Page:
When a child faces accusations of criminal conduct, parents fear the outcome. A conviction can have repercussions that last into adulthood. Generally speaking, courts only classify criminal defendants as adults if they are 18.
There are, though, exceptions to this rule. In Minnesota, children as young as 14 may wind up in the adult justice system. Here are some of the reasons why a juvenile might face an adult charge.
Many states have laws that require the court to treat a defendant as an adult for specific categories of crime. Examples of such crimes include violent felonies. Statutory exclusions revolve around relevant variables such as the nature of the crime and whether the defendant is a repeat offender.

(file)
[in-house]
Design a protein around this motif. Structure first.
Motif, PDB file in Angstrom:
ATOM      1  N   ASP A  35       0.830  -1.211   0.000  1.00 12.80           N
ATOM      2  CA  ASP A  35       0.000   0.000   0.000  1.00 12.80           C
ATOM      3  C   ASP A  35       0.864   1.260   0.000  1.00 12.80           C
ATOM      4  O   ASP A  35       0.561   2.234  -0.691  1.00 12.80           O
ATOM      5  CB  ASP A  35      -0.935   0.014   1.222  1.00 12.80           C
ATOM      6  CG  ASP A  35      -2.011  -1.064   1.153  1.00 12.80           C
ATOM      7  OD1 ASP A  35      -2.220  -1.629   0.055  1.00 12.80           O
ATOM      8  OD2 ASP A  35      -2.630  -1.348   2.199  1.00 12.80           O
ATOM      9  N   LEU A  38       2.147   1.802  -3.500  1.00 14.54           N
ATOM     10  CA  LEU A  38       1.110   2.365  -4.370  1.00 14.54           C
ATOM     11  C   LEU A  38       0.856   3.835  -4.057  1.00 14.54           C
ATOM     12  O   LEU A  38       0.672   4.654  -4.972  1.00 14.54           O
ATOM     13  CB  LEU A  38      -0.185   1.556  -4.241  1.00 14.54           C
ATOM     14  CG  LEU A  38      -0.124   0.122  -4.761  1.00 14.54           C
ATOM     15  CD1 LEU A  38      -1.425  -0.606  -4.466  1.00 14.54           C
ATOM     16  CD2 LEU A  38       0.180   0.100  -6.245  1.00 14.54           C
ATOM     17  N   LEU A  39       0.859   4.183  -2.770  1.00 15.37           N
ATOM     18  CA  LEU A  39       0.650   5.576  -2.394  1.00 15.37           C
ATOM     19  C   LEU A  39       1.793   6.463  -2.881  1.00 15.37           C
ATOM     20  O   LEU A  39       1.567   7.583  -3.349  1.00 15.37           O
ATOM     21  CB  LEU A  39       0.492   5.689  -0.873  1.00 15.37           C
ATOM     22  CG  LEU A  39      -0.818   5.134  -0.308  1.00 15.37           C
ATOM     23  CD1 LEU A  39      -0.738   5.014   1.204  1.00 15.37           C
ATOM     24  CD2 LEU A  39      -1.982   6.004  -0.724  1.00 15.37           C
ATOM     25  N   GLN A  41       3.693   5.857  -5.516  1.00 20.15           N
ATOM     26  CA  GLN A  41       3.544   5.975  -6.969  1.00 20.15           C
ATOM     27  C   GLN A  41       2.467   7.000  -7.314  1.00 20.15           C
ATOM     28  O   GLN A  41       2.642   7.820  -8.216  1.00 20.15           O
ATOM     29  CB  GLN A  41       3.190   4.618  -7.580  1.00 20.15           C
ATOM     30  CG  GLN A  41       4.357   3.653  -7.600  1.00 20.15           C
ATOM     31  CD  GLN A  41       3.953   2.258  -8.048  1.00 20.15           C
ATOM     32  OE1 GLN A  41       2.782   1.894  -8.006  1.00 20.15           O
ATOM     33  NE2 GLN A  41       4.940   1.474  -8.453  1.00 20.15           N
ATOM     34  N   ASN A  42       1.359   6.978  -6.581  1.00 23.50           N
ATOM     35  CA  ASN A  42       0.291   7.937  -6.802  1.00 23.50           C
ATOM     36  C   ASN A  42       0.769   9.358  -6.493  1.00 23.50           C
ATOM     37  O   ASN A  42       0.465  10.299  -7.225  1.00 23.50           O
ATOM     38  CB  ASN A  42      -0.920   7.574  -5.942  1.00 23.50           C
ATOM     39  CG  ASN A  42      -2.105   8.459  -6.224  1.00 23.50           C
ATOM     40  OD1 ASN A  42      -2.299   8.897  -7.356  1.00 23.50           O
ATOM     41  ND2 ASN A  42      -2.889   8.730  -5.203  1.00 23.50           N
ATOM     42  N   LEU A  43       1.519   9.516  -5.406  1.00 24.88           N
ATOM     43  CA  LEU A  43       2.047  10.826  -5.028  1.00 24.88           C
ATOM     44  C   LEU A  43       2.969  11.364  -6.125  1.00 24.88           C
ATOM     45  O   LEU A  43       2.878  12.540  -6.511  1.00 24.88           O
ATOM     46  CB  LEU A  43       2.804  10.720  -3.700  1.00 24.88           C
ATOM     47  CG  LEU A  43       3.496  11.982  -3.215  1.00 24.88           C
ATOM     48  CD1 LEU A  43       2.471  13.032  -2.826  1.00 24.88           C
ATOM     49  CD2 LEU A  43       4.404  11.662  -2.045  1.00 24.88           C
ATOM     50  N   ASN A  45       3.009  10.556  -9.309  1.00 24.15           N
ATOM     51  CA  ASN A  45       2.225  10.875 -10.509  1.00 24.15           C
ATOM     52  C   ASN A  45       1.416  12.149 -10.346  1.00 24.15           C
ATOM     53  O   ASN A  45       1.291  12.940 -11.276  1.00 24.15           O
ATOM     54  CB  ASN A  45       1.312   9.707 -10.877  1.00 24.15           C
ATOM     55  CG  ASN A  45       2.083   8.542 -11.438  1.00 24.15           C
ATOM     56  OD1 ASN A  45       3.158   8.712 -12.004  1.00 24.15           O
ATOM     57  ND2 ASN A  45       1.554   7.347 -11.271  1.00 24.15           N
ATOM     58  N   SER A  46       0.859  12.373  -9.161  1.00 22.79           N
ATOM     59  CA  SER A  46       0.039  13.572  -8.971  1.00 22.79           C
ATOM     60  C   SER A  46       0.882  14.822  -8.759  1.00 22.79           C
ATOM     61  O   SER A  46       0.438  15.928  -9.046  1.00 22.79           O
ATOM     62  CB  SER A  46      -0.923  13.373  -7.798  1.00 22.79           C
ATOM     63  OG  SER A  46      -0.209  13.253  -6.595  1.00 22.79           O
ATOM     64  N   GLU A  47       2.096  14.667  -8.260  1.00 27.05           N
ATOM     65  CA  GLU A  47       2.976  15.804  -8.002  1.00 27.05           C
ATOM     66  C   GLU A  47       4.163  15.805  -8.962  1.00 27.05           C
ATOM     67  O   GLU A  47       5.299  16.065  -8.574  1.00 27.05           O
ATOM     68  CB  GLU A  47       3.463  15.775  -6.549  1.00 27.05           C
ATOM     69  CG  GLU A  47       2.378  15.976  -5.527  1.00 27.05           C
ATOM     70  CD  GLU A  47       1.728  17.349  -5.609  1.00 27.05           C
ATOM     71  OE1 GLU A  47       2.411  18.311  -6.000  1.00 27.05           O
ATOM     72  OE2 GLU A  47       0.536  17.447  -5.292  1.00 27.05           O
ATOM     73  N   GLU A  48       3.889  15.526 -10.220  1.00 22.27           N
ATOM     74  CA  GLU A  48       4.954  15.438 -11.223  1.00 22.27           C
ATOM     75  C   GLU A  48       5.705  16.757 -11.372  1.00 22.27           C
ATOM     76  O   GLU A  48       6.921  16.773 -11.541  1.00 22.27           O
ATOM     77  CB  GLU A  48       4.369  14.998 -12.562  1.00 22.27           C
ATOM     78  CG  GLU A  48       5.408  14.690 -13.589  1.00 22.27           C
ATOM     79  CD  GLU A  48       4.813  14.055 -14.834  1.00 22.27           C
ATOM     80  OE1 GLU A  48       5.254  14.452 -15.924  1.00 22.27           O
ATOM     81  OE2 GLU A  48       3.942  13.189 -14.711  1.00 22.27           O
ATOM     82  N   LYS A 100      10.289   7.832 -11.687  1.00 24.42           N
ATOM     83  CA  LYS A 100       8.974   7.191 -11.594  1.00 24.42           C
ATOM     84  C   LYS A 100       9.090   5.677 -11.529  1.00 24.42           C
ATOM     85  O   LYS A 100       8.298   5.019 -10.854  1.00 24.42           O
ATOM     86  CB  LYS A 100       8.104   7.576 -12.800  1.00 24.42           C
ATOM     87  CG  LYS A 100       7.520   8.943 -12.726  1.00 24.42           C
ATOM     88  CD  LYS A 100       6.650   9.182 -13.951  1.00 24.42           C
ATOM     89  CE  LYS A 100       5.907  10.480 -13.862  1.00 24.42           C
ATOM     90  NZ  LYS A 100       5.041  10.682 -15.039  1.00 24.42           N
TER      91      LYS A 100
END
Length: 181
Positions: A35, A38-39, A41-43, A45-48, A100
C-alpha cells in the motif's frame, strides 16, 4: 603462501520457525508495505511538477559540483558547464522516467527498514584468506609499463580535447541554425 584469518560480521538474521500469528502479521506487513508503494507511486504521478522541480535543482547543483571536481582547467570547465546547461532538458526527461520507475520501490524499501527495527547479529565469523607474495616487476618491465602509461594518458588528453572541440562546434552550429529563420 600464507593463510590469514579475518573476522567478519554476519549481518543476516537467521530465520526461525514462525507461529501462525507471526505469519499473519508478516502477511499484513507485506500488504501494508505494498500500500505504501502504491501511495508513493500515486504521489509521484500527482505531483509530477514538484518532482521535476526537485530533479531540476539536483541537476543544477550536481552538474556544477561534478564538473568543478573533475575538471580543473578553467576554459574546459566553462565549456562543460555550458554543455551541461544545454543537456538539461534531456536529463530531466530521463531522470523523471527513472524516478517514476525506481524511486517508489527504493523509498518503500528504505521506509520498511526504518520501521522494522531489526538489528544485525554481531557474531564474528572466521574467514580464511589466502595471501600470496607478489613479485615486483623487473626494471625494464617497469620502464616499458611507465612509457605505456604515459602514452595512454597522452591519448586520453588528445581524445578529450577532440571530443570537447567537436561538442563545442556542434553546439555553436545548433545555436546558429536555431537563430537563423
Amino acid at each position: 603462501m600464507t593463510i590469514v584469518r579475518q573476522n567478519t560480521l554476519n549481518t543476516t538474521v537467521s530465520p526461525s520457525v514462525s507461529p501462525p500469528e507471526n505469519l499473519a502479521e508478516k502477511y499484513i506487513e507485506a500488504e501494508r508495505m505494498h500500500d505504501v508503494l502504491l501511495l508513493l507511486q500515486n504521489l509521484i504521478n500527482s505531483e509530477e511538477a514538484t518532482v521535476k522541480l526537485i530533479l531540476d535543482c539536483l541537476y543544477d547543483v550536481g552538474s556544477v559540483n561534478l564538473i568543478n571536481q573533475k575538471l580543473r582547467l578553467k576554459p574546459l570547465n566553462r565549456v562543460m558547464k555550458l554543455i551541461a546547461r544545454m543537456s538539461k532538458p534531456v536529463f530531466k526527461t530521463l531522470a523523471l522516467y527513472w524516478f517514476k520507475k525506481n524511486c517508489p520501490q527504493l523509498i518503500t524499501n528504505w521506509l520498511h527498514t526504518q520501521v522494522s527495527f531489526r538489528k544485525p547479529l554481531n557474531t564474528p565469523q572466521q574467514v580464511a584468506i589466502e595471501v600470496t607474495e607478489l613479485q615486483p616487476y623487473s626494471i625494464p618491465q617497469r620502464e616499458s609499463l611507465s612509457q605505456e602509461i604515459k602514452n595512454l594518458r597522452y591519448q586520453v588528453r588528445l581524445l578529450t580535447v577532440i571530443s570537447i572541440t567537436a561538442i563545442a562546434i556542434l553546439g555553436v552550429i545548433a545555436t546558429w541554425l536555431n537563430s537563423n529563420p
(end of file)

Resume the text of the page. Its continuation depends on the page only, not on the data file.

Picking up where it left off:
Another name for this principle is direct file. Prosecutors sometimes have the discretion to decide whether a minor deserves adult treatment. The expectation is that prosecutors use this power wisely. That said, there is no guarantee on what influences a determination.
Under certain circumstances, judges elect to transfer juveniles to criminal courts. Whether this happens is sometimes entirely at the discretion of the justice in charge. Personal biases and perspectives often play a role. This ruling may occur when a judge believes that the defendant should face harsher penalties.
If a minor is facing adult charges, the charges are likely very serious. An adult conviction will generally carry much heavier penalties than a juvenile conviction. A strong case may be necessary to avoid the worst of these consequences.